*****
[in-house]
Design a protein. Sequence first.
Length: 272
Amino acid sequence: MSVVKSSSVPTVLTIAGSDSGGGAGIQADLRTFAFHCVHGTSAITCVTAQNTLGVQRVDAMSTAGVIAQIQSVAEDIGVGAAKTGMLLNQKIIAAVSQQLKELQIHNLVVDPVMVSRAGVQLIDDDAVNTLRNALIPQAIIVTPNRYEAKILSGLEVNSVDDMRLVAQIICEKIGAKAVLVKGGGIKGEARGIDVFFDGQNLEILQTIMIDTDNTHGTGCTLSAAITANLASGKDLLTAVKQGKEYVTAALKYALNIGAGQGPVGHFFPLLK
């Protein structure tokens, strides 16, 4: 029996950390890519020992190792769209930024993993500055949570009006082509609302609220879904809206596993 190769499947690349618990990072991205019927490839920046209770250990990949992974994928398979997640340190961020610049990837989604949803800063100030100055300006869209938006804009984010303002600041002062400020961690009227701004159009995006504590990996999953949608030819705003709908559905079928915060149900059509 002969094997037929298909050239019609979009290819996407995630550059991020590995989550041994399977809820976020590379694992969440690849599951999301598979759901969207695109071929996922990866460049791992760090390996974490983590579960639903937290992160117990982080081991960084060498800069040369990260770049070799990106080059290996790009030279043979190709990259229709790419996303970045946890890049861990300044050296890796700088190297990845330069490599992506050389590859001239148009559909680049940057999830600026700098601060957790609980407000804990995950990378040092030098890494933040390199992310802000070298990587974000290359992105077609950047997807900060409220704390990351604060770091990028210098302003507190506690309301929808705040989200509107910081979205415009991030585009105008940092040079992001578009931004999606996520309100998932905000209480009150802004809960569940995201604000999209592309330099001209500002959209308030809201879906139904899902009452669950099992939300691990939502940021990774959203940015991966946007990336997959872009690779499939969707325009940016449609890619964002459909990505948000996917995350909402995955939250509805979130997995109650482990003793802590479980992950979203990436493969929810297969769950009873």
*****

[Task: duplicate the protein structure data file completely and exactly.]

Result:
[in-house]
Design a protein. Sequence first.
Length: 272
Amino acid sequence: MSVVKSSSVPTVLTIAGSDSGGGAGIQADLRTFAFHCVHGTSAITCVTAQNTLGVQRVDAMSTAGVIAQIQSVAEDIGVGAAKTGMLLNQKIIAAVSQQLKELQIHNLVVDPVMVSRAGVQLIDDDAVNTLRNALIPQAIIVTPNRYEAKILSGLEVNSVDDMRLVAQIICEKIGAKAVLVKGGGIKGEARGIDVFFDGQNLEILQTIMIDTDNTHGTGCTLSAAITANLASGKDLLTAVKQGKEYVTAALKYALNIGAGQGPVGHFFPLLK
């Protein structure tokens, strides 16, 4: 029996950390890519020992190792769209930024993993500055949570009006082509609302609220879904809206596993 190769499947690349618990990072991205019927490839920046209770250990990949992974994928398979997640340190961020610049990837989604949803800063100030100055300006869209938006804009984010303002600041002062400020961690009227701004159009995006504590990996999953949608030819705003709908559905079928915060149900059509 002969094997037929298909050239019609979009290819996407995630550059991020590995989550041994399977809820976020590379694992969440690849599951999301598979759901969207695109071929996922990866460049791992760090390996974490983590579960639903937290992160117990982080081991960084060498800069040369990260770049070799990106080059290996790009030279043979190709990259229709790419996303970045946890890049861990300044050296890796700088190297990845330069490599992506050389590859001239148009559909680049940057999830600026700098601060957790609980407000804990995950990378040092030098890494933040390199992310802000070298990587974000290359992105077609950047997807900060409220704390990351604060770091990028210098302003507190506690309301929808705040989200509107910081979205415009991030585009105008940092040079992001578009931004999606996520309100998932905000209480009150802004809960569940995201604000999209592309330099001209500002959209308030809201879906139904899902009452669950099992939300691990939502940021990774959203940015991966946007990336997959872009690779499939969707325009940016449609890619964002459909990505948000996917995350909402995955939250509805979130997995109650482990003793802590479980992950979203990436493969929810297969769950009873």